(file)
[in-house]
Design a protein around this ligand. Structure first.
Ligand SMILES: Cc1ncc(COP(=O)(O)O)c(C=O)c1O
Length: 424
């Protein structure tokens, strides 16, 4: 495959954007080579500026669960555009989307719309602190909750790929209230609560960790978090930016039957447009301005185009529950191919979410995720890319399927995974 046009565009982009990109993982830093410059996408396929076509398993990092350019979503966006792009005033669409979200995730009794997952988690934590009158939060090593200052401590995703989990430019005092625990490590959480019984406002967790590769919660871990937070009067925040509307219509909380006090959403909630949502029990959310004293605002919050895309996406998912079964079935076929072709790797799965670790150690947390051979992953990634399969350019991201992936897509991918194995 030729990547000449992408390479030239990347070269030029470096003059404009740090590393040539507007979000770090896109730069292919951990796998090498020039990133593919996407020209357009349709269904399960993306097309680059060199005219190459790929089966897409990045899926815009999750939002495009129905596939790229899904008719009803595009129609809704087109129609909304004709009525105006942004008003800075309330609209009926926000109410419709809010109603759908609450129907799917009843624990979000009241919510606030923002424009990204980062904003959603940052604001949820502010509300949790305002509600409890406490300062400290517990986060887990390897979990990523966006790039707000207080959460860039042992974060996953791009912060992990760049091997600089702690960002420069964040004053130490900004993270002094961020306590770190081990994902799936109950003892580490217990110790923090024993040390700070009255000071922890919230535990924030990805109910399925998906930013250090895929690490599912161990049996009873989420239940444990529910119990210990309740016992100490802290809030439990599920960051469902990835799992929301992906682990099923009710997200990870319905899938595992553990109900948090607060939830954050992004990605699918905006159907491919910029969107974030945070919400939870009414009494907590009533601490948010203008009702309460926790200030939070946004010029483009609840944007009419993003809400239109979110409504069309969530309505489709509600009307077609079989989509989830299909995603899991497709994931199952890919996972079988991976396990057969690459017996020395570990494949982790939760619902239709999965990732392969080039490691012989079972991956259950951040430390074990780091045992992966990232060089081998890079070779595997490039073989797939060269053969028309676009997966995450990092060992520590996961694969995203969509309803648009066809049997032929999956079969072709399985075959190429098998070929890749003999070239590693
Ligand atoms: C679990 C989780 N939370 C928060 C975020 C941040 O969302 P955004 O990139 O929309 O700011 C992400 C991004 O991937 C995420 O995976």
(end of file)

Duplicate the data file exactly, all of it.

[in-house]
Design a protein around this ligand. Structure first.
Ligand SMILES: Cc1ncc(COP(=O)(O)O)c(C=O)c1O
Length: 424
């Protein structure tokens, strides 16, 4: 495959954007080579500026669960555009989307719309602190909750790929209230609560960790978090930016039957447009301005185009529950191919979410995720890319399927995974 046009565009982009990109993982830093410059996408396929076509398993990092350019979503966006792009005033669409979200995730009794997952988690934590009158939060090593200052401590995703989990430019005092625990490590959480019984406002967790590769919660871990937070009067925040509307219509909380006090959403909630949502029990959310004293605002919050895309996406998912079964079935076929072709790797799965670790150690947390051979992953990634399969350019991201992936897509991918194995 030729990547000449992408390479030239990347070269030029470096003059404009740090590393040539507007979000770090896109730069292919951990796998090498020039990133593919996407020209357009349709269904399960993306097309680059060199005219190459790929089966897409990045899926815009999750939002495009129905596939790229899904008719009803595009129609809704087109129609909304004709009525105006942004008003800075309330609209009926926000109410419709809010109603759908609450129907799917009843624990979000009241919510606030923002424009990204980062904003959603940052604001949820502010509300949790305002509600409890406490300062400290517990986060887990390897979990990523966006790039707000207080959460860039042992974060996953791009912060992990760049091997600089702690960002420069964040004053130490900004993270002094961020306590770190081990994902799936109950003892580490217990110790923090024993040390700070009255000071922890919230535990924030990805109910399925998906930013250090895929690490599912161990049996009873989420239940444990529910119990210990309740016992100490802290809030439990599920960051469902990835799992929301992906682990099923009710997200990870319905899938595992553990109900948090607060939830954050992004990605699918905006159907491919910029969107974030945070919400939870009414009494907590009533601490948010203008009702309460926790200030939070946004010029483009609840944007009419993003809400239109979110409504069309969530309505489709509600009307077609079989989509989830299909995603899991497709994931199952890919996972079988991976396990057969690459017996020395570990494949982790939760619902239709999965990732392969080039490691012989079972991956259950951040430390074990780091045992992966990232060089081998890079070779595997490039073989797939060269053969028309676009997966995450990092060992520590996961694969995203969509309803648009066809049997032929999956079969072709399985075959190429098998070929890749003999070239590693
Ligand atoms: C679990 C989780 N939370 C928060 C975020 C941040 O969302 P955004 O990139 O929309 O700011 C992400 C991004 O991937 C995420 O995976």